Transportation’s always been a rather futuristic endeavor. When the first horseless carriages arrived on the scene, I’m sure a good number of people were astonished and amazed at the technology involved. “What will they come up with next?” was likely heard quite a bit.
But as you know, our inventions have taken us far further. We now have trains that travel hundreds of miles per hour, airplanes that take us around the world in a matter of hours, and cars that practically drive themselves.
Then again, that last one isn’t quite operational yet.
Yes, there are quite a few cars on the market that claim to have ‘self-driving’ capabilities. But as automakers like Tesla are finding out, some major problems need to be worked out before self-driving cars hit the mainstream and most of us feel comfortable riding in them.
Take what happened around Thanksgiving in San Francisco, for example.
According to the UK Daily Mail, a man was driving his Tesla Model S across the Bay Bridge. He was traveling around 55 miles per hour and moving with traffic when the vehicle began to change lanes and then suddenly slammed on the brakes, bringing the car to a moving speed of around 20 miles per hour.
Naturally, what occurred was a chain reaction accident. An eight-car pileup that left the two lanes of Interstate 80 shut down for about 90 minutes sent two people (including one child) to the hospital and left 16 others injured at the scene.
According to the driver, he had the vehicle in “full self-driving” mode.
This means that the car can change lanes, accelerate, brake, and for the most part, drive by itself without much driver interference or help. However, according to the manufacturer’s warning, it still requires an alert and attentive human driver at the wheel should something unforeseen occur.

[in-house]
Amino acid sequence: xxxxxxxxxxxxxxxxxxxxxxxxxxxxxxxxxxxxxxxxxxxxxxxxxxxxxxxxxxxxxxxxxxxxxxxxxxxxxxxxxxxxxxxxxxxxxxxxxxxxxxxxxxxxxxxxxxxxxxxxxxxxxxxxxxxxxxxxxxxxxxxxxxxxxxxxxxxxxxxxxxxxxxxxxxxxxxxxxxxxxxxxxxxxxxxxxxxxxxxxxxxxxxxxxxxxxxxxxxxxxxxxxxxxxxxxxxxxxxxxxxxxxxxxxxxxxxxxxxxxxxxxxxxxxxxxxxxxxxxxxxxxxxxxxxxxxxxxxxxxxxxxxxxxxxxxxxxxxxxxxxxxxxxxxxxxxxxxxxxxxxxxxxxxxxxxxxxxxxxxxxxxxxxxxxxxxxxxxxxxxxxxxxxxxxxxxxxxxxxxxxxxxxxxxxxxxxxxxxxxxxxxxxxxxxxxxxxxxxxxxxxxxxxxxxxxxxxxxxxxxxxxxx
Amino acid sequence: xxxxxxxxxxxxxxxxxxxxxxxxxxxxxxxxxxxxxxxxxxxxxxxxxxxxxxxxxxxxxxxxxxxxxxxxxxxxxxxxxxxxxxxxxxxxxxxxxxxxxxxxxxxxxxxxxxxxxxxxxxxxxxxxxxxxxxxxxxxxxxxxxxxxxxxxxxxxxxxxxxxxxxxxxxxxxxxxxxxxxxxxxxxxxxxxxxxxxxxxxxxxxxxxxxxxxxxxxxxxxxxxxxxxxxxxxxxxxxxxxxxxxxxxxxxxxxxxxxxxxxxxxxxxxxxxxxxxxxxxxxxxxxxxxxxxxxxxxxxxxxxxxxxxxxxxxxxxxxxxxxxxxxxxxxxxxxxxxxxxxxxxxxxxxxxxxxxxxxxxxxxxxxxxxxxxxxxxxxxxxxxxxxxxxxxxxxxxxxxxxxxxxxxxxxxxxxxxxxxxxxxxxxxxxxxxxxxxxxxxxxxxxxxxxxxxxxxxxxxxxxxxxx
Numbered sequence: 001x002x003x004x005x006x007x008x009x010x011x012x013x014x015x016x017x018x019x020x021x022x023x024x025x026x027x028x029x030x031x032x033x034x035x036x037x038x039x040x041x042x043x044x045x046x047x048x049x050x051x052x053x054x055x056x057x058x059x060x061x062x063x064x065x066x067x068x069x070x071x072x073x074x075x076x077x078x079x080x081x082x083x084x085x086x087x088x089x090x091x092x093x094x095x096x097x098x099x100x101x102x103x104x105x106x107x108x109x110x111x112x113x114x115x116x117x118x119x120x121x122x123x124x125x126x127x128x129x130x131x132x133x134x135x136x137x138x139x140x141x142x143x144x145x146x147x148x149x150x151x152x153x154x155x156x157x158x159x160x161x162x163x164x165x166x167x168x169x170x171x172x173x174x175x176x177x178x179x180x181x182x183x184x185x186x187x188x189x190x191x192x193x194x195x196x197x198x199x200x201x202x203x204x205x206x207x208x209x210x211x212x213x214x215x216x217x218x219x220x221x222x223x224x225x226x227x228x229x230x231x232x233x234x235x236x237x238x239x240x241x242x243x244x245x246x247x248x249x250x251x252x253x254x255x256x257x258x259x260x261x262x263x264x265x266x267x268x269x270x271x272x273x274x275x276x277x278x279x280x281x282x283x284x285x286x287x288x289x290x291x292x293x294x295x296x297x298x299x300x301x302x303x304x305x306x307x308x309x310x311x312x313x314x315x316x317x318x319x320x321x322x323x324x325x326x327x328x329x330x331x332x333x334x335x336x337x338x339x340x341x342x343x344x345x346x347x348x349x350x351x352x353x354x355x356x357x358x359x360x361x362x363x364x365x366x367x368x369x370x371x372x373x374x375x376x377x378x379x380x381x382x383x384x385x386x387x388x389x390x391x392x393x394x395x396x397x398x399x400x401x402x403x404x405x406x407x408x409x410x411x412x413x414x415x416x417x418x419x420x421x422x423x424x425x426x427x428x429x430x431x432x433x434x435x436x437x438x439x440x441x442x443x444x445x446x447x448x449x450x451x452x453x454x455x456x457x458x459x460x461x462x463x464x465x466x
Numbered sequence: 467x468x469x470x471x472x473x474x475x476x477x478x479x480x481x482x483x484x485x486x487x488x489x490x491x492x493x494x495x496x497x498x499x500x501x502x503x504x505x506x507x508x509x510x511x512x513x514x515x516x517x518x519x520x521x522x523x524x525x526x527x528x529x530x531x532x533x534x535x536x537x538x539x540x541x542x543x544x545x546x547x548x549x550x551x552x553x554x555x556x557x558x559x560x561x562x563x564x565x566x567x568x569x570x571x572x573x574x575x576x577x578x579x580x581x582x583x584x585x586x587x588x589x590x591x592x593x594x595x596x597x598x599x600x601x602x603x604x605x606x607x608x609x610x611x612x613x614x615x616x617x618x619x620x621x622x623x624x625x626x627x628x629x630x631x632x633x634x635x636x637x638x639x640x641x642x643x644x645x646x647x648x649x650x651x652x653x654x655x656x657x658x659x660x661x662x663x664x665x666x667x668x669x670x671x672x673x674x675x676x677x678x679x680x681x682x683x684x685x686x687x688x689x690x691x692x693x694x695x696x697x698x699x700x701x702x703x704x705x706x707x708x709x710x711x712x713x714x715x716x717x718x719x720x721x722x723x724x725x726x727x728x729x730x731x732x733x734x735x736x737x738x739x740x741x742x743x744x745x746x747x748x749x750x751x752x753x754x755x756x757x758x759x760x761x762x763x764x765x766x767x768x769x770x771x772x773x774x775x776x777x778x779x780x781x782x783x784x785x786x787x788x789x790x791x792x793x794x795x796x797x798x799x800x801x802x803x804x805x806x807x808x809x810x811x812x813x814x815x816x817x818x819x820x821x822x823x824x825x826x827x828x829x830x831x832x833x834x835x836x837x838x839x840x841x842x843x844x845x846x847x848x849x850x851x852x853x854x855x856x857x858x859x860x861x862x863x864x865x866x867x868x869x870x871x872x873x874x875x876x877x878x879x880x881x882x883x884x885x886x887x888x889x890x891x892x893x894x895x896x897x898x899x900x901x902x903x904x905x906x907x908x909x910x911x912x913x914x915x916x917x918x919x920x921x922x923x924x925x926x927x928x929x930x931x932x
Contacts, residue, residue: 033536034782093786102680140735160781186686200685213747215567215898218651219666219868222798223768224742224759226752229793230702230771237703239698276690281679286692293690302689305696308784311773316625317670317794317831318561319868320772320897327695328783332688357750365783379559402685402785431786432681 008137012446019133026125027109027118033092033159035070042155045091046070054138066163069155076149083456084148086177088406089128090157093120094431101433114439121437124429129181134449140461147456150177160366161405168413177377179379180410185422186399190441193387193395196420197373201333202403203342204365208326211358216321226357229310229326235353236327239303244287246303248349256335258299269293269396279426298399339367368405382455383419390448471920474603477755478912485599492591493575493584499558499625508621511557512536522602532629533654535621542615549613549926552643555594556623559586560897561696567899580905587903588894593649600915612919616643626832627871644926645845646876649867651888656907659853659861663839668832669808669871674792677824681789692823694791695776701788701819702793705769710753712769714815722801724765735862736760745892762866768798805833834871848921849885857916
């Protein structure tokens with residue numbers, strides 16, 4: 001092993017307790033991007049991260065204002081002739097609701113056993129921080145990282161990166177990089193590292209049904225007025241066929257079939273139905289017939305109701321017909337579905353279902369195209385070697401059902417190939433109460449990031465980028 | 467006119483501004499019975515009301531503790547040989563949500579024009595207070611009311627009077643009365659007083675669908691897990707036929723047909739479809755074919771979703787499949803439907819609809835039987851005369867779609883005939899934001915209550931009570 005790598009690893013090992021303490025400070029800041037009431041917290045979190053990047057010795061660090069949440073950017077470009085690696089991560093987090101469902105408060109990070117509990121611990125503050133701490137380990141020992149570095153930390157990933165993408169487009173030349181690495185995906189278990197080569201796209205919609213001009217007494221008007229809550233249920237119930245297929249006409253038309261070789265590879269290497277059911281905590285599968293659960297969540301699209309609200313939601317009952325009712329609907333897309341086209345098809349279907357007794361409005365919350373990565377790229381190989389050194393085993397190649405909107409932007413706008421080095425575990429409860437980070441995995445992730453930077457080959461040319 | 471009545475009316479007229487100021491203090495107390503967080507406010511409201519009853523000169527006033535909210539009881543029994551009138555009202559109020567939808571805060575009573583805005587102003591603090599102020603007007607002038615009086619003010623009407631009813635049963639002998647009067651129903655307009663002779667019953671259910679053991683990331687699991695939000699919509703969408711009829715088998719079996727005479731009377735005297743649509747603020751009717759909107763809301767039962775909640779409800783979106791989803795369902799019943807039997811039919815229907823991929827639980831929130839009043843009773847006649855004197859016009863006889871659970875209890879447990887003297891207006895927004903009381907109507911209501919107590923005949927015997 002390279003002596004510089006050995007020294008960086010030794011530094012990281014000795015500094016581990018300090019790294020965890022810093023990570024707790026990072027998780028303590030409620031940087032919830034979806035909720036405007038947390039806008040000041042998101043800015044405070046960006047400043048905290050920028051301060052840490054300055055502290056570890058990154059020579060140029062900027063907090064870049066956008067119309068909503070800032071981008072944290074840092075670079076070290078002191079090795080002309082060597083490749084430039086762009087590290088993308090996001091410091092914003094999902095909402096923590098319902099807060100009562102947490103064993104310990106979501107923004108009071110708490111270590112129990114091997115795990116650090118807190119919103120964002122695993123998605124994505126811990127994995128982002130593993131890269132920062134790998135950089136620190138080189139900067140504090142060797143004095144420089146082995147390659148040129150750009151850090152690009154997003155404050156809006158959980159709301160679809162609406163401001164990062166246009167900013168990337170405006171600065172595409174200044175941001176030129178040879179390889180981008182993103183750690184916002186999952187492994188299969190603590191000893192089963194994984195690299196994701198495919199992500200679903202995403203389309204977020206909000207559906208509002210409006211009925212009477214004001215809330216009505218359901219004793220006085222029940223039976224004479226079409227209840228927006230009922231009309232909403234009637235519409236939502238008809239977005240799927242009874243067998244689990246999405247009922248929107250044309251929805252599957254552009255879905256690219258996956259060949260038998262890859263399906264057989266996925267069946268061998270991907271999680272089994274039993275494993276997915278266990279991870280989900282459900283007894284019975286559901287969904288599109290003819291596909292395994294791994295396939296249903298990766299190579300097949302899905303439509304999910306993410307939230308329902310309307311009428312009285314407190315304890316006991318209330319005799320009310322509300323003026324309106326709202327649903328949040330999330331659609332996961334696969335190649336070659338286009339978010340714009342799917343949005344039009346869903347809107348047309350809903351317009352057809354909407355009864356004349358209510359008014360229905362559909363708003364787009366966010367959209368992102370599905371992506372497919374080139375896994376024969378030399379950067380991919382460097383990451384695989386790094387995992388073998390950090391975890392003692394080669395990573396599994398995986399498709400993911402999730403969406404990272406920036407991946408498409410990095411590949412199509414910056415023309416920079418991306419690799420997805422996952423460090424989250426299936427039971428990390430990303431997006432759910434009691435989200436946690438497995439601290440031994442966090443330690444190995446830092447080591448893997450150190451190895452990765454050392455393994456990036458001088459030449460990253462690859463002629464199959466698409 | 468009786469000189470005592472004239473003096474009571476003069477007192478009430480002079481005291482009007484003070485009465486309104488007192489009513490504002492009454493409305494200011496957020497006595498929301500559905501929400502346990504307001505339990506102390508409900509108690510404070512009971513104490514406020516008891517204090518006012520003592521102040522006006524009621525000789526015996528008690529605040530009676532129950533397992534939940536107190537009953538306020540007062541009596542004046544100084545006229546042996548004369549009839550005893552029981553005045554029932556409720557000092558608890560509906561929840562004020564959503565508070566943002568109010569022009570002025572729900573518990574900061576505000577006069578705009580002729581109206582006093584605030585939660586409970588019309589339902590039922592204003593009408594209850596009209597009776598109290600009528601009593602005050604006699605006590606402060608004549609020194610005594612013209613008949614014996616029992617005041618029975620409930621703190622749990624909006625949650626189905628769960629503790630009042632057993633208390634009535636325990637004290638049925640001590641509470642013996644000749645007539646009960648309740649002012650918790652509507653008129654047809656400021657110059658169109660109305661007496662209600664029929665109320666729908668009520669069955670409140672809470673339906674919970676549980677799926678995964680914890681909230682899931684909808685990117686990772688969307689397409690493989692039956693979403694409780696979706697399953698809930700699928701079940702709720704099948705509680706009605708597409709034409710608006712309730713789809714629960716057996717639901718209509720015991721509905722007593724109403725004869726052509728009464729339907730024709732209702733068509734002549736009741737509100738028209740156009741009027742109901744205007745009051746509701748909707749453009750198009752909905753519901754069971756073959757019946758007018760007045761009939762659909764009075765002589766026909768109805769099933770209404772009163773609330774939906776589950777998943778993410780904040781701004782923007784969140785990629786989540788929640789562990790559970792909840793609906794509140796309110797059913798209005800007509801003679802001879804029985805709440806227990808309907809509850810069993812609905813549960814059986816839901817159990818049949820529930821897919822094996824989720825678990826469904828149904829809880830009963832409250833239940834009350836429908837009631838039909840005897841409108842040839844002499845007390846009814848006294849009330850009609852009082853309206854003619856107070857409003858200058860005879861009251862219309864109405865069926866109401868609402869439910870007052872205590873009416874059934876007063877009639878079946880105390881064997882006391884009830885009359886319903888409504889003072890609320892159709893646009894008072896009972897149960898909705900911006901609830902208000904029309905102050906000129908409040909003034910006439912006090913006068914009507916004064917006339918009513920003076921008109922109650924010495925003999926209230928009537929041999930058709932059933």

But in this case, there’s not much the driver could have done. There wasn’t a car coming at him; there wasn’t anything for him to see that the car couldn’t. It just braked extra hard all of the sudden.
It is important to note that this occurred just hours after Elon Musk had announced that the “full self-driving” software could be downloaded and used by all Tesla drivers. Before this, only drivers with high safety marks had been allowed to use the software.
But it’s also crucial to point out that this driver isn’t the only one who experienced problems, or even this exact same issue when operating the car in “full self-driving” mode. In fact, according to CNN, Tesla itself has warned drivers upon downloading the software that it “may do the wrong thing at the worst time,” hence the need for an alert human driver.
And dozens of Tesla drivers have reported similar instances where the car has suddenly applied the brakes “without warning.” Some have nearly had accidents as a result.
Naturally, such instances, and a growing number of them, have led the National Highway Traffic Safety Administration to begin thinking about an investigation into both the accidents supposedly caused by the software and the software itself.
According to the agency, the problem is so serious that, given the results of the investigations, a recall might be required.
Tesla and its software are also not on good terms with the California Department of Motor Vehicles, as it claims that the automaker has been deceptive with its marketing of both self-driving and autopilot software.
The department alleges that the company portrays the software as something that makes the car into an “autonomous vehicle” and has no need for human interference. Clearly, that is not the reality.
In 2018, an accident left two teens dead due to what is now ruled negligence by Tesla. In 2020, three deaths were reported by The Associated Press from separate autopilot accidents. In 2021, multiple accidents were reported, including one that left a 35-year-old man dead after his car took him careening into an overturned semi.
This year, eleven people have died in just one four-month period due to EV crashes involving automated driving systems.
As I said, the technology might be making headway. But it’s apparently nowhere near where it needs to be, at least not before I get into a self-driving car.